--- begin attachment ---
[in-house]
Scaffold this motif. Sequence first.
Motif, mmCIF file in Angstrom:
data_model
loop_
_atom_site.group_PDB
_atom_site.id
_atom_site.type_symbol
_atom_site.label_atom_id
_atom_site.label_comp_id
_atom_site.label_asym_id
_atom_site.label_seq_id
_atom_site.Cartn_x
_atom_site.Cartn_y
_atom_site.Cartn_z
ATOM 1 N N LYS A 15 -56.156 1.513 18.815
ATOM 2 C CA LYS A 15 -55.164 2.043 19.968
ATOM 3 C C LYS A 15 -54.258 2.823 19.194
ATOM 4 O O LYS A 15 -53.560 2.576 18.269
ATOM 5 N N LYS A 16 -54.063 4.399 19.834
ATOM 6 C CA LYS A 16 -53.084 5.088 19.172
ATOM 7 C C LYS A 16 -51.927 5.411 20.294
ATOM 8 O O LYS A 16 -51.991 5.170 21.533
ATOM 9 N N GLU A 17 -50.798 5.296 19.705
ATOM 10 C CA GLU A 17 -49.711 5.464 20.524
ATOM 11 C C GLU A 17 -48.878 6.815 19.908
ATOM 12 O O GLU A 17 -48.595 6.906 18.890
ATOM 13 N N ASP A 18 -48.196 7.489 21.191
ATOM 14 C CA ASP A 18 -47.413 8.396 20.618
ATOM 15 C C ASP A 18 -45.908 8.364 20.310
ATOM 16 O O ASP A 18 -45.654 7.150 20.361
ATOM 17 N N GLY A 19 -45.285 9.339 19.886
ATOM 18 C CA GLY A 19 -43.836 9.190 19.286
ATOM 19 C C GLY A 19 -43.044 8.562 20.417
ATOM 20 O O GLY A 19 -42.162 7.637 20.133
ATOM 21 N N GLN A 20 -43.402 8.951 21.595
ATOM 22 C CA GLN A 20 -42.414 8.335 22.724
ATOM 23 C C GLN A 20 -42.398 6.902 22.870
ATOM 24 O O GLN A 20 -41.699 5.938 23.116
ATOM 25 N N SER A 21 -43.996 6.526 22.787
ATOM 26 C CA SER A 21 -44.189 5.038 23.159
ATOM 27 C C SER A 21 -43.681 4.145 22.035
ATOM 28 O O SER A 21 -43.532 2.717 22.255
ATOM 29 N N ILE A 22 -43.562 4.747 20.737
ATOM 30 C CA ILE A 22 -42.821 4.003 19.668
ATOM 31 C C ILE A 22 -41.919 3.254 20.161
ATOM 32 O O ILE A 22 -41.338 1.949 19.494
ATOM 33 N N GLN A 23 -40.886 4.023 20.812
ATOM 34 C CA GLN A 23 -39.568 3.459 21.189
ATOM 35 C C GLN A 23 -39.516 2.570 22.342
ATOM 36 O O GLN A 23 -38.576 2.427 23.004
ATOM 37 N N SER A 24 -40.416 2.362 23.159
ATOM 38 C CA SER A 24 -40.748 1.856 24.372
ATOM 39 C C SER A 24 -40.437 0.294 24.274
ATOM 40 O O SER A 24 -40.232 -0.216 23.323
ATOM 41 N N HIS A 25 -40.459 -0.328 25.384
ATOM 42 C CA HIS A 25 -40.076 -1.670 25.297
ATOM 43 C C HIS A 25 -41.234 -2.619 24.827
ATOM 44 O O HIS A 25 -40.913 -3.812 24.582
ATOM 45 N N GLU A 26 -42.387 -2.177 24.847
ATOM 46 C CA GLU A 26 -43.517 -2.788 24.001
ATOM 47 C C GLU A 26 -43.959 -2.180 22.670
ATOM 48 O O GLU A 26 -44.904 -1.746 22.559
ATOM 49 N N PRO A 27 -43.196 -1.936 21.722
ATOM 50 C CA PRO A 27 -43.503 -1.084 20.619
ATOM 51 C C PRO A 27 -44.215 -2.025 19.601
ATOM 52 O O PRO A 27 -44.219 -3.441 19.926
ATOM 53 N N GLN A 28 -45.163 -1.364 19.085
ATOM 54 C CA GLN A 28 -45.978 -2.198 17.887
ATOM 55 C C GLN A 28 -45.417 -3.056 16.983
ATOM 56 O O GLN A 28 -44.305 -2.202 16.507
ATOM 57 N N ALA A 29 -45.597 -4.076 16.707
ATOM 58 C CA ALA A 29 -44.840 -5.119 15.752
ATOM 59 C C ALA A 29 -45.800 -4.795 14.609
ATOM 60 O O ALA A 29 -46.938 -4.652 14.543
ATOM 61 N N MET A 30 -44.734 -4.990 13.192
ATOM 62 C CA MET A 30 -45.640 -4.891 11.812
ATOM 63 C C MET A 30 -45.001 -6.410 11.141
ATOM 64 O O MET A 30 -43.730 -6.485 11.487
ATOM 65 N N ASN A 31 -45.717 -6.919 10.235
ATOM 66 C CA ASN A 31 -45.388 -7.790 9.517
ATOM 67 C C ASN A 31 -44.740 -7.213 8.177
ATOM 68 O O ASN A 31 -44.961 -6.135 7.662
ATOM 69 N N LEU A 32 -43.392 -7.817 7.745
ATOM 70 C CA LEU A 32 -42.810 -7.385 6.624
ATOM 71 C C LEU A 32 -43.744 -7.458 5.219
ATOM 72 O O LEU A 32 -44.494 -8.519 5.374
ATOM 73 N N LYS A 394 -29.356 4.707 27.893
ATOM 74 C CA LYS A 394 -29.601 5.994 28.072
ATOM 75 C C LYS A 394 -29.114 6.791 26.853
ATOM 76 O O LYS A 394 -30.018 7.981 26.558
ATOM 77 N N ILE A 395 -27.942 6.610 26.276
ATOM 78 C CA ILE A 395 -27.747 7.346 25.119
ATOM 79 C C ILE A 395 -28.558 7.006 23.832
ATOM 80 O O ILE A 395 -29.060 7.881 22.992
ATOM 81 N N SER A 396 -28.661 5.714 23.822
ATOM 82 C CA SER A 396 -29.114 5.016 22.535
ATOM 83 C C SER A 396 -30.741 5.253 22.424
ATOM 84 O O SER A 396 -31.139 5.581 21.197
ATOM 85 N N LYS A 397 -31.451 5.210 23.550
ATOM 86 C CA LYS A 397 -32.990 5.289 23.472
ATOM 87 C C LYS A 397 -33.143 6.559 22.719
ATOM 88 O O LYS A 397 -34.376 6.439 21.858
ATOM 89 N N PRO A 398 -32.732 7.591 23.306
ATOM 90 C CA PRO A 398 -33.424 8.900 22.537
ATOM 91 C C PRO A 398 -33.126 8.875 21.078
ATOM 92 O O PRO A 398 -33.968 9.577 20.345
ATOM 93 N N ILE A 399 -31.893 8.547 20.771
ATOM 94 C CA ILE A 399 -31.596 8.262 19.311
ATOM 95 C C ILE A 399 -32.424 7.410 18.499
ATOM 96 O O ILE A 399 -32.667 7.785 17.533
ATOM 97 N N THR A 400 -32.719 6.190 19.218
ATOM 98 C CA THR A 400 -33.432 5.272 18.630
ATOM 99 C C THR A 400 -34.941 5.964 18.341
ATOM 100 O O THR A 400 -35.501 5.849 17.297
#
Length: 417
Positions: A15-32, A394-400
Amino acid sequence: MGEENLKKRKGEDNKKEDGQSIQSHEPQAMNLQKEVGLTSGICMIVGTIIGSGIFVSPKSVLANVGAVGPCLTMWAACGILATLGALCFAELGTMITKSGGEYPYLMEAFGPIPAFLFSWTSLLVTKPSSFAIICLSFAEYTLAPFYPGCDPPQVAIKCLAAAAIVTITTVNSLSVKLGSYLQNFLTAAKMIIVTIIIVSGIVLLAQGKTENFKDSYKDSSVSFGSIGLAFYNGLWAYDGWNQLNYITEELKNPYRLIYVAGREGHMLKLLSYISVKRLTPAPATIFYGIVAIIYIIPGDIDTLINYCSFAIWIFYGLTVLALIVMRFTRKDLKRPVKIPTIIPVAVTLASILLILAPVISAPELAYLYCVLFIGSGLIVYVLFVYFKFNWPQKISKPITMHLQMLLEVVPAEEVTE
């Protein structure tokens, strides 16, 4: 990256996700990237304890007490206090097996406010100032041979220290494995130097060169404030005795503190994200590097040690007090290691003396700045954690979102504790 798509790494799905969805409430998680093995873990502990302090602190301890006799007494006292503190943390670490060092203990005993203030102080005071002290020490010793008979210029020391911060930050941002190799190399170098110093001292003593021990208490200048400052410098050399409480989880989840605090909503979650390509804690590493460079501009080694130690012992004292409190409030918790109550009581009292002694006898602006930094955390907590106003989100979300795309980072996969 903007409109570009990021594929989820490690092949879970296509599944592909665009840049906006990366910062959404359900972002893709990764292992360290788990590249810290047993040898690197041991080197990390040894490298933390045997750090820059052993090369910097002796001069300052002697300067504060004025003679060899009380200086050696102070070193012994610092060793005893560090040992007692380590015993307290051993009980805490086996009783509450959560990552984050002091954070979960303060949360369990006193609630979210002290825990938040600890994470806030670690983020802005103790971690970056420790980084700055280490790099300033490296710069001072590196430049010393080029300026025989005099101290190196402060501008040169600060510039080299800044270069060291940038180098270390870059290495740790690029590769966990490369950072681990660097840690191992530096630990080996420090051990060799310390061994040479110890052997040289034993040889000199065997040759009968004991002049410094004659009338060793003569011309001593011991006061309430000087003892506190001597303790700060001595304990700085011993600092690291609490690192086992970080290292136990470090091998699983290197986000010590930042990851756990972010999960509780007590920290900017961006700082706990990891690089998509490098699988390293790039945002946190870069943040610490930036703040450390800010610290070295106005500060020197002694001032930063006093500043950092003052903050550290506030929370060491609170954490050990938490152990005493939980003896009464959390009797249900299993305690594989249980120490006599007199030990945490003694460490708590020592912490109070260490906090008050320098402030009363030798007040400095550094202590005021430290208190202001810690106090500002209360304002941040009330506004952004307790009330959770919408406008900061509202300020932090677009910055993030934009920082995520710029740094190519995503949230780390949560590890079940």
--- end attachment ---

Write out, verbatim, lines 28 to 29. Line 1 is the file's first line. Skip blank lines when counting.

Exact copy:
ATOM 13 N N ASP A 18 -48.196 7.489 21.191
ATOM 14 C CA ASP A 18 -47.413 8.396 20.618